For those of us writing a memoir or who want to do so, sometimes we get stymied. Where do we start? What do we focus on? What happened in our life that really affected us?
Of course, we may have a specific area of our life we want to focus on. But our memories can play tricks on us. Our memories can “hide” a wealth of information about our past, the people in it and our emotions during those times – even if we think we know how we felt.
So, use pictures to trigger your memory and its whole enchilada. I don’t mean just old family and friend photos. But buildings – your school, the house you grew up in, streets, transit (cars and public), old new-story photos, old ad, even cemeteries.
And even the above which may not be your family photo, may not be a streetscape you are familiar with. You are thinking of the time and what is actually in the picture and transferring it (in your mind) to your story.
As some of you know, I teach various memoir writing workshops and courses at Toronto Public Library branches. And as the above hints at, the next one, on April 16, is called Using Your Pictures to Create Your Memoir. Most of my memoir writing workshops and courses have something about pictures, particularly those old family and friend photos. An interesting thing I keep discovering is that even if the picture is of my family or friends or me or the house I grew up in – it will always trigger some memory (not connected to me) in some of the participants.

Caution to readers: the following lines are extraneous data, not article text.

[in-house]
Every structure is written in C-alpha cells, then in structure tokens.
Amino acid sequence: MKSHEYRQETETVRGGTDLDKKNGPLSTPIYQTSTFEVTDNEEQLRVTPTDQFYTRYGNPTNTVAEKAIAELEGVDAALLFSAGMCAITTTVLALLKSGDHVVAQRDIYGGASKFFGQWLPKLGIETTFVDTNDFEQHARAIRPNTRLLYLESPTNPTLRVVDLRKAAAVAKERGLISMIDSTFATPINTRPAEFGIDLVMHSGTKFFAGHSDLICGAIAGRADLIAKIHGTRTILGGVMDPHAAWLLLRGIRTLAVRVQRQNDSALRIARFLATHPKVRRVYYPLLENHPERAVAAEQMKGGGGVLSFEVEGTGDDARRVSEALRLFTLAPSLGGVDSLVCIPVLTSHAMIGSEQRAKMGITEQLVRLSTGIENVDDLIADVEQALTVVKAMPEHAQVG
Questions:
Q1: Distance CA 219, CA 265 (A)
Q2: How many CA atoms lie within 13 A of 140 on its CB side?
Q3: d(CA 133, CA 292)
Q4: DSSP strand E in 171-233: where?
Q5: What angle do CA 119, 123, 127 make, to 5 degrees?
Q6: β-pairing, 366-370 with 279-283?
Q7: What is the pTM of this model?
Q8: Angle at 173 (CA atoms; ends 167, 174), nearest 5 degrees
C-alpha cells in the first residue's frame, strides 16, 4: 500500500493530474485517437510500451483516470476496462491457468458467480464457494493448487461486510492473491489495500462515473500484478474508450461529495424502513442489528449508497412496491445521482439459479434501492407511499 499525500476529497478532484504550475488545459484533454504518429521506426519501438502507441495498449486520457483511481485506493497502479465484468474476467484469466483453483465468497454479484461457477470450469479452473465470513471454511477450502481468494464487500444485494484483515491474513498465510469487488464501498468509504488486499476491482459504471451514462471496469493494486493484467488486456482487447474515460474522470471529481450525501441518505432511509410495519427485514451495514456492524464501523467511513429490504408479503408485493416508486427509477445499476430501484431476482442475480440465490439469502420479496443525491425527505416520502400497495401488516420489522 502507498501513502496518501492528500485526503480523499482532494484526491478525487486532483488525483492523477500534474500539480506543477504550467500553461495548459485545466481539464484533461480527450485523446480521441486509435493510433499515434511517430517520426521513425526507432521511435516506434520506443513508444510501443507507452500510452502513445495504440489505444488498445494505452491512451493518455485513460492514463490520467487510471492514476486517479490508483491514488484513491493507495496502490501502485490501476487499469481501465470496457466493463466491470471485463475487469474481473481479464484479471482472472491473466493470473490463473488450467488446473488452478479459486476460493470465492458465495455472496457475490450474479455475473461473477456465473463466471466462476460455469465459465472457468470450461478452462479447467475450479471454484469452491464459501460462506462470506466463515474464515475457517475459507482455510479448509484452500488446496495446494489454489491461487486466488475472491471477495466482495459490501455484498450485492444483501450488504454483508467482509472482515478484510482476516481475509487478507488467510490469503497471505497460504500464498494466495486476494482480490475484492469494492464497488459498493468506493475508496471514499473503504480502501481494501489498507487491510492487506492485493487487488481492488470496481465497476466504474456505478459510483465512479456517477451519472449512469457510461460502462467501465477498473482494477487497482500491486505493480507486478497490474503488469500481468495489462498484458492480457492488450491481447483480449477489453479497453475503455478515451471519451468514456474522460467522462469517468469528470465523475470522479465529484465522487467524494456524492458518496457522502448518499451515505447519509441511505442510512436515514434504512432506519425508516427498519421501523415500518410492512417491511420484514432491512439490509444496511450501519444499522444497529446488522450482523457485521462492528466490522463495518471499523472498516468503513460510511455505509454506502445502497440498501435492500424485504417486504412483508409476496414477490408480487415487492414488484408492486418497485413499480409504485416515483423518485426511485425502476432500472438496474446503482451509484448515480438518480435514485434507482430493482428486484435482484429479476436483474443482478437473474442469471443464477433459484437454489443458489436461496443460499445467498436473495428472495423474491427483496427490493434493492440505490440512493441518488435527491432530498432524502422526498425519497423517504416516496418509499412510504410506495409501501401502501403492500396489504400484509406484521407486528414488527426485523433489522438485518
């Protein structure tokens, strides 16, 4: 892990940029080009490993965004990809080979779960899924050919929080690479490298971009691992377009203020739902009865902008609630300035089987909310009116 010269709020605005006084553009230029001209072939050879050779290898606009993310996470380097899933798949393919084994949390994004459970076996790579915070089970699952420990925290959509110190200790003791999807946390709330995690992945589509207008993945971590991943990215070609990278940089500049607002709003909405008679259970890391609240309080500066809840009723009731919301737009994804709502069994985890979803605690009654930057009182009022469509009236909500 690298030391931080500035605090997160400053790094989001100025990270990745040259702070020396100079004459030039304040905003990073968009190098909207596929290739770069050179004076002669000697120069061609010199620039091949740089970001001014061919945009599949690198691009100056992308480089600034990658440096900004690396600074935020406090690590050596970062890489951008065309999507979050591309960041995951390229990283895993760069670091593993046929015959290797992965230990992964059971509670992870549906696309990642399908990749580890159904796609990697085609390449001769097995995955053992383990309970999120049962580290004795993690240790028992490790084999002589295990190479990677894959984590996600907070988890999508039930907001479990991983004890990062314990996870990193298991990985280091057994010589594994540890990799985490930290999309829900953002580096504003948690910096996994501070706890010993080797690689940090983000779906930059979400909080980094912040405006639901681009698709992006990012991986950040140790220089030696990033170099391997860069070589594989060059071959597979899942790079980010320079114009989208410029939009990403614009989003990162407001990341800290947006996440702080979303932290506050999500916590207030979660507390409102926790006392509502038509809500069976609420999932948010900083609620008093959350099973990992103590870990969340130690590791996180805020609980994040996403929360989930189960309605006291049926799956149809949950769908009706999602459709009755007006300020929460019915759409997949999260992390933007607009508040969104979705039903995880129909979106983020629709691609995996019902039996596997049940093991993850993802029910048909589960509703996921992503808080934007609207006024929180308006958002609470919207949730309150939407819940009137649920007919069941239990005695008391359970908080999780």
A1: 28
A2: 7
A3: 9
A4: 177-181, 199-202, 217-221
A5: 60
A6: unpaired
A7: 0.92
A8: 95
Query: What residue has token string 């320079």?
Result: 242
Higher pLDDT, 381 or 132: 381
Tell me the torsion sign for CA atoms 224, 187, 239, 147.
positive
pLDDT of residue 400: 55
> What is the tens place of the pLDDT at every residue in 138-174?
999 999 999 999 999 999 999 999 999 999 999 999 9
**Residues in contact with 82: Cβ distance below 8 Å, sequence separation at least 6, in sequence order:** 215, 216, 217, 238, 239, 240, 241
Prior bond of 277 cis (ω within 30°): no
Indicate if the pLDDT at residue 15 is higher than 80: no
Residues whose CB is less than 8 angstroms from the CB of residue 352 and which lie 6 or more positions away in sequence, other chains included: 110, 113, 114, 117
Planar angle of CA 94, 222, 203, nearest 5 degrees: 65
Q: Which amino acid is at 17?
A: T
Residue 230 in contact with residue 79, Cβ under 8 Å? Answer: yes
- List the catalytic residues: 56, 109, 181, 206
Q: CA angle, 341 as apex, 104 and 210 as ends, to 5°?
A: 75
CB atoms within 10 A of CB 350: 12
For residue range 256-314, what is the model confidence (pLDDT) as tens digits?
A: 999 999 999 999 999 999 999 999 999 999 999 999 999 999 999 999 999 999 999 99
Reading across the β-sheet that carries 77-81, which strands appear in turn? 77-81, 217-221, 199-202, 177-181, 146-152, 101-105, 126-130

“Oh, the picture of your dad reminded me of my dad.”
“The picture of your house reminded me of the house I grew up in.”
“That picture of your friends reminded me of something that happened with my sister/some of my friends.”
The pictures take on a generic form. And that can happen with transit and streetscapes. For example, a picture of a streetcar can bring up memories of you riding in a streetcar in the past, lead to something (good or bad) that happened to you while riding a streetcar. Who were you with? What was your relationship to them? And taking it beyond the streetcar ride, what else happened to you and them, especially if a sibling, parent, or close friend? How did you feel towards them? Does it bring up emotions – sad, happy, angry, etc.? And this can lead to more stories with them and maybe with the streetcars. Maybe your dad drove a streetcar or a bus. What were his stories about that?